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Eleven years later…

A circuit judge in Tennessee has been given a public reprimand by that state’s judicial ethics authorities for taking almost 11 years to issue a decision.

Eleven years. Talk about task avoidance.

The judge is Judge F. Lee Russell, who sits in Shelbyville, which is located between Nashville and Chattanooga. On Nov. 12, 1999, he tried a case filed by a man named David Reha against Tennessee Farmers Mutual Insurance Co. The judge took the case under advisement. A very long advisement.

In March 2003, the lawyer for Mr. Reha filed a motion to ascertain the status of the case. Why it took the lawyer three and half years to ask is another question, but nothing happened on the judge’s end.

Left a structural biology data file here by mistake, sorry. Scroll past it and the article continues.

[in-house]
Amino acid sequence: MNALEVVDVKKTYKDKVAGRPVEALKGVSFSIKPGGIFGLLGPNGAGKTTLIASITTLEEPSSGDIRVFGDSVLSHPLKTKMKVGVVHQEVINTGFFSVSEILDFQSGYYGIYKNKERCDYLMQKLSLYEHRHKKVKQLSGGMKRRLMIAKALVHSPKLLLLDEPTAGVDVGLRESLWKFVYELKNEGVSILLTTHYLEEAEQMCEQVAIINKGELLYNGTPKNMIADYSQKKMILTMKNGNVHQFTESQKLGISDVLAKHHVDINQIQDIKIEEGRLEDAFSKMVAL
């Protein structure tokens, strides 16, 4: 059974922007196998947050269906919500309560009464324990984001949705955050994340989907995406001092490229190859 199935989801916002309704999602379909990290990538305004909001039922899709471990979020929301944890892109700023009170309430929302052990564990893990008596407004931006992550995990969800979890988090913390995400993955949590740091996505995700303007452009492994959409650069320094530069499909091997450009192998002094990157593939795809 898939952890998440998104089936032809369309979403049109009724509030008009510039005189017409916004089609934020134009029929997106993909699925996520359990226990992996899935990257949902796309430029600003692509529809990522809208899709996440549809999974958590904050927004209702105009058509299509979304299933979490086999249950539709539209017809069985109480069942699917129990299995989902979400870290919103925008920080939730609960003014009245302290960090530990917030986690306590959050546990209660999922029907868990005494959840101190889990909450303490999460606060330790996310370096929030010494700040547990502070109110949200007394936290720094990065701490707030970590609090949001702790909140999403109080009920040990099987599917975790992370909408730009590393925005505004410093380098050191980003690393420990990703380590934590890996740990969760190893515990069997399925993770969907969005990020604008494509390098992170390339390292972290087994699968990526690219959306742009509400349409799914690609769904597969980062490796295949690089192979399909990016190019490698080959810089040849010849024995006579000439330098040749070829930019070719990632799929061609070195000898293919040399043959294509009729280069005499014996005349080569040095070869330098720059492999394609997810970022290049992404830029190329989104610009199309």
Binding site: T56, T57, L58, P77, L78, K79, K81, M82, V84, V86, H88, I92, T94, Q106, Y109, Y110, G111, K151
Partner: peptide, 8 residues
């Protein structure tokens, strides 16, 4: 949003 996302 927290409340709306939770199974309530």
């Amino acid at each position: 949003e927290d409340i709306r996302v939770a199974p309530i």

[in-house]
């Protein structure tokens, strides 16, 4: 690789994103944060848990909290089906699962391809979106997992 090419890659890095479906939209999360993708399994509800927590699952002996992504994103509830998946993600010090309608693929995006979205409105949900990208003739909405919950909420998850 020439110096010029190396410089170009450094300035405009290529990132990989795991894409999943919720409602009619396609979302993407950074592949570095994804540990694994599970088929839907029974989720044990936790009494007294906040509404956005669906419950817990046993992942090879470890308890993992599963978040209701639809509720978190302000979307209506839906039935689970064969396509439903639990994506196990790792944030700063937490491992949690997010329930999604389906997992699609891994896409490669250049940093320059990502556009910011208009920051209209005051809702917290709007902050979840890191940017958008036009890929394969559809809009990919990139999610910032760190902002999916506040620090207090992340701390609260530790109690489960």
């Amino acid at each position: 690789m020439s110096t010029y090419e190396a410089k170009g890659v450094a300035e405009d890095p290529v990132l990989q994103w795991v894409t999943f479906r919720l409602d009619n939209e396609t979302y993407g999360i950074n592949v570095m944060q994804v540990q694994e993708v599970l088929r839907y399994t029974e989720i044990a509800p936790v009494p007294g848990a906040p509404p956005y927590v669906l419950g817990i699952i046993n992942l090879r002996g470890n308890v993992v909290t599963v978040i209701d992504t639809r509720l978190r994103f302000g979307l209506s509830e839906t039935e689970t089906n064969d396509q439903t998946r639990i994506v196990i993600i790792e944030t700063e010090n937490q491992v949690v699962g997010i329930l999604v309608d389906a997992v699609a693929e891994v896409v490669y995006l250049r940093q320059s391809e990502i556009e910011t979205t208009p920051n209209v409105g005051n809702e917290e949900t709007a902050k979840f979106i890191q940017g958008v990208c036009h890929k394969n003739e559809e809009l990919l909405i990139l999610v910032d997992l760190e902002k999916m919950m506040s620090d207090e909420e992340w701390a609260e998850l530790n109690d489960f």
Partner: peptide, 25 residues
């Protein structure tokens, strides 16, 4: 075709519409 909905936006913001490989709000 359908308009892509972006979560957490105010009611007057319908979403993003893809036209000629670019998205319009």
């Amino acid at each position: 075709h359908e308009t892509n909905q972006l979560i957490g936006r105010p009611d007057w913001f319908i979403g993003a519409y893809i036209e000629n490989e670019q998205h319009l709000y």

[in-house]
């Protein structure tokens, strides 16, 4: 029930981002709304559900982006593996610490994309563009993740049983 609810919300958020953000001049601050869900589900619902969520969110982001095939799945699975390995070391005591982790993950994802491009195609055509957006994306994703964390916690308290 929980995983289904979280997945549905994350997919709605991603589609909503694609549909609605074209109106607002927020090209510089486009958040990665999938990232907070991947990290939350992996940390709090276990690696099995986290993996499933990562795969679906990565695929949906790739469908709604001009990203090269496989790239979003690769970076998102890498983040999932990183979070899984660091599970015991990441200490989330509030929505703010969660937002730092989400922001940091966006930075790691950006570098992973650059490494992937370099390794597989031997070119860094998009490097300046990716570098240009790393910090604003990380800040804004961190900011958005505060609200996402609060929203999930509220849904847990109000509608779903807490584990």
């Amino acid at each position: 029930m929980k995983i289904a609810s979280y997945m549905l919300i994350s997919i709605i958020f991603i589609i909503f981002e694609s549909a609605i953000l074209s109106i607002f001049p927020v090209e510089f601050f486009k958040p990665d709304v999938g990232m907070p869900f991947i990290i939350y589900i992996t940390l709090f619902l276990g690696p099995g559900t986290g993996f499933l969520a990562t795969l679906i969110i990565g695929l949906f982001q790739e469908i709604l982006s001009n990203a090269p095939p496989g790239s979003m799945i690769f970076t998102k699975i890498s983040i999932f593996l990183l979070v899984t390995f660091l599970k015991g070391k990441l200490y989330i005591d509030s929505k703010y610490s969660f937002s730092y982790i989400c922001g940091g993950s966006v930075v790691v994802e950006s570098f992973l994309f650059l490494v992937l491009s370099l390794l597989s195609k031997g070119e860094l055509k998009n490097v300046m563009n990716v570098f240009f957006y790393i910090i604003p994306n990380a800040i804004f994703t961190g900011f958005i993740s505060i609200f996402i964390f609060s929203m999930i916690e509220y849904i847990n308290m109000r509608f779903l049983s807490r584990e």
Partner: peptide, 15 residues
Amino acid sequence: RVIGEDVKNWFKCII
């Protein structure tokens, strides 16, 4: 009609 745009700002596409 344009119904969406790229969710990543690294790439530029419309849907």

Six and half years go by. In August 2009, counsel for Mr. Reha again asks for a status check. The judge promises a decision within a month. You know what happened to that one.

Finally, on Oct. 12 of this year – 10 years and 11 months later – the judge issues a decision and order, after Reha filed a complaint with the Tennessee Court of the Judiciary, the body that investigates judicial ethics violations and delivers discipline.

Russell violated a canon requiring a judge “to dispose of all matters promptly, efficiently and fairly,” understated the letter from the Court of the Judiciary.

Other than to note that the judge answered the complaint promptly and accepted responsibility for the delay, the letter provides no further detail and no explanation.

Think Mr. Reha was satisfied with that result?

One comment

  1. Did Mr. Reha’s client win or lose? It is often thought imprudent to press a slow judge for fear of the “You want a quick decision? Ok, you lose” potential.

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